There is another proposition current among the speculators of the present day, which now rises before me. That no man is responsible for his faith. Well, friends, so say the speculators. But what say the Scriptures; "He that believeth on the Son hath everlasting life: and he that believeth not the Son shall not see life; but the wrath of God abideth on him." And surely, our blessed Lord himself, hath thrown abundant light upon this point, by his reference to the ancient history of Israel. "And as Moses lifted up the Serpent in the wilderness, even so must the Son of man be lifted up; that whosoever believeth in him should not perish, but have eternal life." And we know that on another occasion, he said, "And I, if I be lifted up from the earth, will draw all men unto me; (this he said, signifying what death he should die,") even that he should be lifted up on the fatal cross. And we know how it was with the children of Israel, when they were sorely punished for their murmurings against God; the multitude were sickening, and dying upon the sandy wilderness, under the poisonous bite of the fiery serpents; and when Moses interceded for the people, he was commanded to make a serpent of brass, and set it upon a pole, and whosoever looked upon that serpent, should be healed of their wounds. Now here was God's own method of restoring the wounded and dying Israelite. Very strange, very singular, in the view of human reason; beyond the scope of man's invention or intellect; but ordered by perfect and inscrutable Wisdom. And we know that those who looked in faith and obedience upon the serpent of brass, were healed of their wounds.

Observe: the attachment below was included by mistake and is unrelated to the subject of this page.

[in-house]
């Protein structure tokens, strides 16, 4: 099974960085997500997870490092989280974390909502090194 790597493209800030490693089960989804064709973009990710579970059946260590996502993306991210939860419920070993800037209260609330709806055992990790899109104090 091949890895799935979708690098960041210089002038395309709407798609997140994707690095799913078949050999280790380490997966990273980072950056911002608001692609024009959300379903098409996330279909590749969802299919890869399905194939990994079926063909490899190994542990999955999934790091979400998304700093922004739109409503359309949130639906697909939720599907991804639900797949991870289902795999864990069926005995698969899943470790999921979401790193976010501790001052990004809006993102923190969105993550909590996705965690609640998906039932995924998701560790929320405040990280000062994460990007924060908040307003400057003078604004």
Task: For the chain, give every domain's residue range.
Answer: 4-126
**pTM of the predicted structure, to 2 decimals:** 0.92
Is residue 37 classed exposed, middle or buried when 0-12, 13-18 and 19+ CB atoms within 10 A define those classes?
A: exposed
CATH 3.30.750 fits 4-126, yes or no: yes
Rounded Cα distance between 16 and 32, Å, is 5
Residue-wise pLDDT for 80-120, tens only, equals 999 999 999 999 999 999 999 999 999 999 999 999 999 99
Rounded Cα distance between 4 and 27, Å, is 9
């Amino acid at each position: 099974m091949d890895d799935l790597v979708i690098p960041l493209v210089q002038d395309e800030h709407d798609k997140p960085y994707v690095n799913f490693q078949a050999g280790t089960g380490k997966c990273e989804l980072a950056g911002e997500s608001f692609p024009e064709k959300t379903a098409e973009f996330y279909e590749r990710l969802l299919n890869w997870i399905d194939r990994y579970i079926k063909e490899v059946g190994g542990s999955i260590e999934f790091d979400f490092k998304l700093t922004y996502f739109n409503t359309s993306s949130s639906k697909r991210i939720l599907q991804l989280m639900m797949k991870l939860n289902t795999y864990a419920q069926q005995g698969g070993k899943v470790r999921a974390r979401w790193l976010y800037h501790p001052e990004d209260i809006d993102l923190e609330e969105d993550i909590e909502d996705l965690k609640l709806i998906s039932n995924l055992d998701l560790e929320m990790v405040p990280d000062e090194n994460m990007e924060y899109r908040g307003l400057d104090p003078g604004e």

Now, friends, what should we have thought of the reasonableness of some poor
speculating Israelite, who should pretend that no man could command his belief;
that no man was responsible for his faith, and should therefore refuse to believe
what he could not understand, and would turn away his head from the appointed
object; what would be the consequence ? Death, inevitable death, - the death of